M.-A. Lemburg mal@lemburg.com
Fri, 05 Jun 1998 10:53:32 +0200

Tod Olson wrote:
> >>>>> "M" == M -A Lemburg <mal@lemburg.com> writes:
> M> Things to be considered obsolete:
> M>      arraysize
> M>      setinputsize()
> M>      setoutputsize()
> M>      Completely agree on punting these... fetchmany() would then
> M>      have a mandatory argument instead of an optional one.
> I actually found arraysize to be useful when I implemented array
> binding in a module I was working on.  I could allocate the space for
> the array binding when the user set the variable and avoid doing a
> malloc and free on every call to fetch*.  That is, it was a nice hint
> for handling memory in a place where Python couldn't help me.

But arraysize is only intended as default argument for fetchmany()
-- what if the user decides s/he only wants arraysize/2 or arraysize*2
rows by passing an argument to fetchmany() ?

BTW: You can still optimize malloc/free's by reusing the arrays
for every fetchmany()-call. Calling realloc normally isn't that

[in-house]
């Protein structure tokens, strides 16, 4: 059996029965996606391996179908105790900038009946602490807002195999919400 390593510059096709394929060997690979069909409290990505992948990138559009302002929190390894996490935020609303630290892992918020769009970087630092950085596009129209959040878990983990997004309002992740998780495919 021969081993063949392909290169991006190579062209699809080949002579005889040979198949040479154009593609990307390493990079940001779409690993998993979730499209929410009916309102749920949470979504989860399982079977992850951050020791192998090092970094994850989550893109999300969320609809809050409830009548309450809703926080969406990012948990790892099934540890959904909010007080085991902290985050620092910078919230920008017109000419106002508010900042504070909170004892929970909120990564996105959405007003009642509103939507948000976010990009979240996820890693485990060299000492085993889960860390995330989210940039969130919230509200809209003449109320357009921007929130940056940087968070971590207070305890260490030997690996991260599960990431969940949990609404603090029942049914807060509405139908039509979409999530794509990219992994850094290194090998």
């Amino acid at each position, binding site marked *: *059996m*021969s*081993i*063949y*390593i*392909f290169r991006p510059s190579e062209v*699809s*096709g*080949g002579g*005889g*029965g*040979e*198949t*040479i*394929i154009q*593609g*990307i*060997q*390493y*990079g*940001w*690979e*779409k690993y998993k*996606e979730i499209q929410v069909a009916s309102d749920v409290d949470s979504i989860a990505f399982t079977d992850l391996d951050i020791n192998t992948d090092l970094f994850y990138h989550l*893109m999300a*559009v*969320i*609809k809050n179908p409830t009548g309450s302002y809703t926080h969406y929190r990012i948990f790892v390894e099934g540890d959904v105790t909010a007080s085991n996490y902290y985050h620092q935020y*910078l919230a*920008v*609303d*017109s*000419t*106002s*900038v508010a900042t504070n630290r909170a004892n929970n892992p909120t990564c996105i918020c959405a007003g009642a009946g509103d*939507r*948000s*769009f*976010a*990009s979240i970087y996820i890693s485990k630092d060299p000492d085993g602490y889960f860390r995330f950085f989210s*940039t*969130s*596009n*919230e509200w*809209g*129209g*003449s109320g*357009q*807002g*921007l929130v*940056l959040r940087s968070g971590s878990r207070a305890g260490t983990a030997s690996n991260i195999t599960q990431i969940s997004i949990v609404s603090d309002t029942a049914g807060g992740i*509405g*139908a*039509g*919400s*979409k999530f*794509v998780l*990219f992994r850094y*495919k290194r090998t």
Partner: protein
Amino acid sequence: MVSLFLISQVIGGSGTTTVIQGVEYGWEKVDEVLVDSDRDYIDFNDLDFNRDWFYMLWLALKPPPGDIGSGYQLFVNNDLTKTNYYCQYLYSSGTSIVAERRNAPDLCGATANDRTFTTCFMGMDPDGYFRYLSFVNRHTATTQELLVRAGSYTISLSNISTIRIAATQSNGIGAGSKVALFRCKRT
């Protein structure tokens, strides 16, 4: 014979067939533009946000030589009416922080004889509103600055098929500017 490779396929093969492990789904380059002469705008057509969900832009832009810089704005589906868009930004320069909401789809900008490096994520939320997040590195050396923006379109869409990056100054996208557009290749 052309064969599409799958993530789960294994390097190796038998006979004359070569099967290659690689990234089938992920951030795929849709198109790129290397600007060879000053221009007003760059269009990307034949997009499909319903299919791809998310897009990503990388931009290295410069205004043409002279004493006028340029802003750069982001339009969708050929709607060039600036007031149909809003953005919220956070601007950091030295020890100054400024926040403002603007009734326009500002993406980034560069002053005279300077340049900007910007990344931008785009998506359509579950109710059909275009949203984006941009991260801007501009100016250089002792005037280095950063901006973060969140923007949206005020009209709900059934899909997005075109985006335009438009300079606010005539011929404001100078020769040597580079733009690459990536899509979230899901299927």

> M> Multiple results sets.
> M>      Same problem as with stored procedures. There doesn't
> M>      seem to be much of a standard and most DBs probably don't
> M>      even support these.
> Sybase certainly does.  It would be good to leave in nextset() for
> those who can use it.

Agreed. It can always return None for databases that don't provide the

> A result set object might be nice.  If the database (eg. Sybase) will
> only let you get the result sets in a specific order (ie. no
> simultaneous iteration over mult. sets) it doesn't seem to be that big
> of an improvement.  Does anyone use a database that can return
> multiple result sets to an SQL batch where the DB lets the programmer
> access the sets simultaneously?

ODBC allows multiple result sets too. SQLMoreResults is the
1-1 interface for .nextset(). It only allows to skip to the next
set in the list -- you don't have random access to all of them
(can't even go back to a previous one).

Marc-Andre Lemburg
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